What is the difference between “saving” and “running” files downloaded from the internet?

Download Button - 1Actually, probably not much in most circumstances. When you “run” a file from a website, it is downloaded to your own computer and placed in a temporary folder. You probably can’t easily see where that temporary folder is and you probably won’t care as the assumption is that you will “run” the file just once and then won’t need it again. The file that has been placed in the temporary folder will probably be deleted some time in the future (especially if you run a Windows disc cleanup utility or a third party utility such as CCleaner). So, when you take the option to “run” the file, it is downloaded to a temporary location and then run from there.

If you choose to “save” the file then it is saved onto your hard drive in the location that is stipulated in your browser for the storing of downloaded files. You may then need to navigate to that location to double-click on the file in order to run it. This can be made easier by your browser offering a button which opens up a list of recently downloaded files and/or the contents of the download location.

So, a downloaded file is placed in a “normal” folder on your hard drive. It is not going to be deleted by running utilities that clean up temporary files.

Download Button - 4In lots of cases it really doesn’t matter whether you chose to “run” or “save”. If you “save” then you do have the extra steps of opening the file location and double-clicking on the file. This disadvantage is weighed against the advantage of knowing where the file is and knowing you can easily open it again, copy it, move it, etc.

Whether you tend to “run” or “save” downloaded items, it is a good idea to know where downloaded files are saved. The default folder for Downloads depends on the operating system rather than the browser. This means that if you don’t change the Download folder then all browsers will save downloaded files into the following folders:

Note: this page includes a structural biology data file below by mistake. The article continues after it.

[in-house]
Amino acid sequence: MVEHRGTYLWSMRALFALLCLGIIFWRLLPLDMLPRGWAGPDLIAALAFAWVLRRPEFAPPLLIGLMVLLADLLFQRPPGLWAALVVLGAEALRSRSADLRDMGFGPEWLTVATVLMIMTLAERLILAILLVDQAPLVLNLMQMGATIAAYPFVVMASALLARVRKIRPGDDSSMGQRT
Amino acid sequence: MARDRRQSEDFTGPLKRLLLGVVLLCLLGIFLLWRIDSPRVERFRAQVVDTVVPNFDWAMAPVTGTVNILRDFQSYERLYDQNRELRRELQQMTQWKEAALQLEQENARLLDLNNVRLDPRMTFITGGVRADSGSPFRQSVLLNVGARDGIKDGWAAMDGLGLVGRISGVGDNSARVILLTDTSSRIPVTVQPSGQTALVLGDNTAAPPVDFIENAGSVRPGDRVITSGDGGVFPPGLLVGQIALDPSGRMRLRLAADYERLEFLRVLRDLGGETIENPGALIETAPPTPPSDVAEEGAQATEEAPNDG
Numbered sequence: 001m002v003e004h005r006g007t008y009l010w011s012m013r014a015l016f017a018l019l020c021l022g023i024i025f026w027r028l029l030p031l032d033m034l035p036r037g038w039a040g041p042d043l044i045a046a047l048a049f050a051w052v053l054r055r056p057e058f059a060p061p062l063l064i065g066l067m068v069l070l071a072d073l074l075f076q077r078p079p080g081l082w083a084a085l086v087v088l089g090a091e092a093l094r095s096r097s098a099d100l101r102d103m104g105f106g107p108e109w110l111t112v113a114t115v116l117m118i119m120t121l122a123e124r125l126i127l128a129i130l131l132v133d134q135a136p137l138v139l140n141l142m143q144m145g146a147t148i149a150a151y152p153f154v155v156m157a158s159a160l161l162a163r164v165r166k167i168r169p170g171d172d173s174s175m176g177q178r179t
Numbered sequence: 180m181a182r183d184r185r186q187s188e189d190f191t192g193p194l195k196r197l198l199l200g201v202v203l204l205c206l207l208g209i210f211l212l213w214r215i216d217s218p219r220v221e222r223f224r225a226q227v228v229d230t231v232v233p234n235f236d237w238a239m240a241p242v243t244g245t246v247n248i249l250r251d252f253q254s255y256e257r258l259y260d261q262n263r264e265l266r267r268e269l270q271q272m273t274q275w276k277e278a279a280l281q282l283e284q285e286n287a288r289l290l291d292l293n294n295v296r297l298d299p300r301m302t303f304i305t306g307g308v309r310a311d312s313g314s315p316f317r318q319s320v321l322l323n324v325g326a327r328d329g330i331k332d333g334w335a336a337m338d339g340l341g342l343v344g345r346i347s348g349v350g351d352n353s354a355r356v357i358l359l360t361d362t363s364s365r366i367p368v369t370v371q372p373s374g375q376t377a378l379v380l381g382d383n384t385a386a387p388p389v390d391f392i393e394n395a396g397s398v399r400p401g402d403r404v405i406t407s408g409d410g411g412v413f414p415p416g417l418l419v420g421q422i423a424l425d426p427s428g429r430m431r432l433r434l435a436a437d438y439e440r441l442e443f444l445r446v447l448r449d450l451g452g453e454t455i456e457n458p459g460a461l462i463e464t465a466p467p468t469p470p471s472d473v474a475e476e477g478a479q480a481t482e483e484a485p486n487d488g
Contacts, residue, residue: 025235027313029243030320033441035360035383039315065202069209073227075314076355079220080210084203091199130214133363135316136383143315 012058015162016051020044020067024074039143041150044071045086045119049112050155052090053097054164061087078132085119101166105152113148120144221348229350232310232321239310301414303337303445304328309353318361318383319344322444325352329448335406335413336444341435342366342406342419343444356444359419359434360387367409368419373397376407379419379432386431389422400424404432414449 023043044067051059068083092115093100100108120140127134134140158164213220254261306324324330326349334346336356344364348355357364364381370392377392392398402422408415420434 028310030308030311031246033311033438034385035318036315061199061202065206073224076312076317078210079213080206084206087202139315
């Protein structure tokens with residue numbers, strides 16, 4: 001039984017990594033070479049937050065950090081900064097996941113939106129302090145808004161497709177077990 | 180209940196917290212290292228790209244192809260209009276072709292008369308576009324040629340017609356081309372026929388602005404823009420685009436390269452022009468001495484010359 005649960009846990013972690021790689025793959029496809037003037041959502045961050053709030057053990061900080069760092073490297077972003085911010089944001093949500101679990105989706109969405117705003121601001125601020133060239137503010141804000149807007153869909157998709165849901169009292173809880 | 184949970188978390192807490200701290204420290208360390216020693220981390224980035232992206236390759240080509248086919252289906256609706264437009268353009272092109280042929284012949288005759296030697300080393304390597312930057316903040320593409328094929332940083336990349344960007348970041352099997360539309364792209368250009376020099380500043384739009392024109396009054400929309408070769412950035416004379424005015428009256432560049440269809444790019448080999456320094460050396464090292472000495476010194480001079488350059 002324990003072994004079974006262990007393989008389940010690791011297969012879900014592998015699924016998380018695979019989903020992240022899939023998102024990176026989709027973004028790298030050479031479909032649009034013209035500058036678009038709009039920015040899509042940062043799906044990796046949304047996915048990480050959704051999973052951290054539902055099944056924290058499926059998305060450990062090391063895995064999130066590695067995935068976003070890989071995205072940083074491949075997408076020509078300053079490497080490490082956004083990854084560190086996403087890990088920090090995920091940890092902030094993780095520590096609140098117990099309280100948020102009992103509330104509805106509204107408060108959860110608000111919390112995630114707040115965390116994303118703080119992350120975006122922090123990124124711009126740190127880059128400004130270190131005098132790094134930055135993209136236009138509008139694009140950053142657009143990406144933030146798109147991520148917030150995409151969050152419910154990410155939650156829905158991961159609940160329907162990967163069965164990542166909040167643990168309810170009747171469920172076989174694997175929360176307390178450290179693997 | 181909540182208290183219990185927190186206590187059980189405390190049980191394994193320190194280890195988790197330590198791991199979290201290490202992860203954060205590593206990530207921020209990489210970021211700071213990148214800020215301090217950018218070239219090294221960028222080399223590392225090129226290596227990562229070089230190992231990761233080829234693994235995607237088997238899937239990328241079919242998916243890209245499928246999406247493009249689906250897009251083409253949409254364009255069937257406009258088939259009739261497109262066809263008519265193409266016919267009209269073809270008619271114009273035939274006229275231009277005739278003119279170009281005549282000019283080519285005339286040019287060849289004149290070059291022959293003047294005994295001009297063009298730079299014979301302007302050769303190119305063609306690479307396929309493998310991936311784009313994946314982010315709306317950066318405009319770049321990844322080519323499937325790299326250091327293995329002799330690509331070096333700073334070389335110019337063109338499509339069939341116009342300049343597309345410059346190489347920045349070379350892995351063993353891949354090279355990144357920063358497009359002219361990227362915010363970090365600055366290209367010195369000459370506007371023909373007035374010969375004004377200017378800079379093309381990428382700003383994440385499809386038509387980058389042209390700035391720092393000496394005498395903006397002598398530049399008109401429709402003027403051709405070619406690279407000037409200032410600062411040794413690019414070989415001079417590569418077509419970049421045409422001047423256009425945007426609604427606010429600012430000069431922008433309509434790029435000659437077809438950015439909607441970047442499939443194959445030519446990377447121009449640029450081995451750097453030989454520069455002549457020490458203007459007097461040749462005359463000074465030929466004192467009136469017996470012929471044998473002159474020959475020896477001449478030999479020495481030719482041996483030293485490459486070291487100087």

• Windows XP – \Documents and Settings\username\My Documents\Downloads
  • Windows Vista/ Windows 7/ Windows 8 – \Users\username\Downloads
  • Mac – /Users/username/Downloads

.. where “username” is the name of the logged-on user.

You can change the default location if you wish (for instance, your hard drive may be partitioned into drives c: and d: and you may wish your downloads to be placed in drive d: rather than c:).

Changing the place where your downloads are stored is achieved as follows in the different browsers:

Firefox

  • Click on the “open menu” button (top right)
  • Click on “Options”
  • Click on the “General” tab
  • Change the Downloads location as shown
  • Close open dialog boxes

Internet Explorer 11

  • Click on the “Settings” button (top right)
  • Left-click on “View Downloads”
  • Left-click on “Options” in the bottom lefthand corner of the window
  • Change the Downloads location as desired
  • Close open dialog boxes

Google Chrome

  • Click on the Menu button (top right)
  • Left-click on “Settings” option
  • Scroll down and click on “Show advanced settings”
  • Scroll down to “Downloads” section and change as necessary
  • Close “Settings” window

Safari

  • Click on the “Safari” command at the top left of the screen
  • Left-click on “Preferences”
  • Click on the “General” tab
  • Change the “Save downloaded files to:” option as desired
  • Close Preferences window

PS: I don’t know why Google’s Feedburner service delivered the blog emails one day late last week. My aim is to publish the post by 12:30 on a Saturday and Google seem to deliver it by about 3pm on the same day. They do pretty well, though, considering that (a) this is only the second or third time they’ve been late in four years and (b) the service is free!

Download Button - 2Download Button - 3

As a Computer Consultant discussing client’s systems, programs and computing choices, it often strikes me that Microsoft have created a lot of confusion by using the word “Outlook” in the names of three different email products. This confusion is particularly marked, of course, if I’m providing telephone support on one of the “Outlooks” but the client is talking about one product and I’m thinking of another. There’s no point in my asking “which Outlook are you using?” because it would be unreasonable to expect the client to know of all these different animals and to know which one of the three they are using. So, I usually have to ask things like “what does it say on the icon you click to get your email”. Thank goodness for remote control support where I can see what the client can see.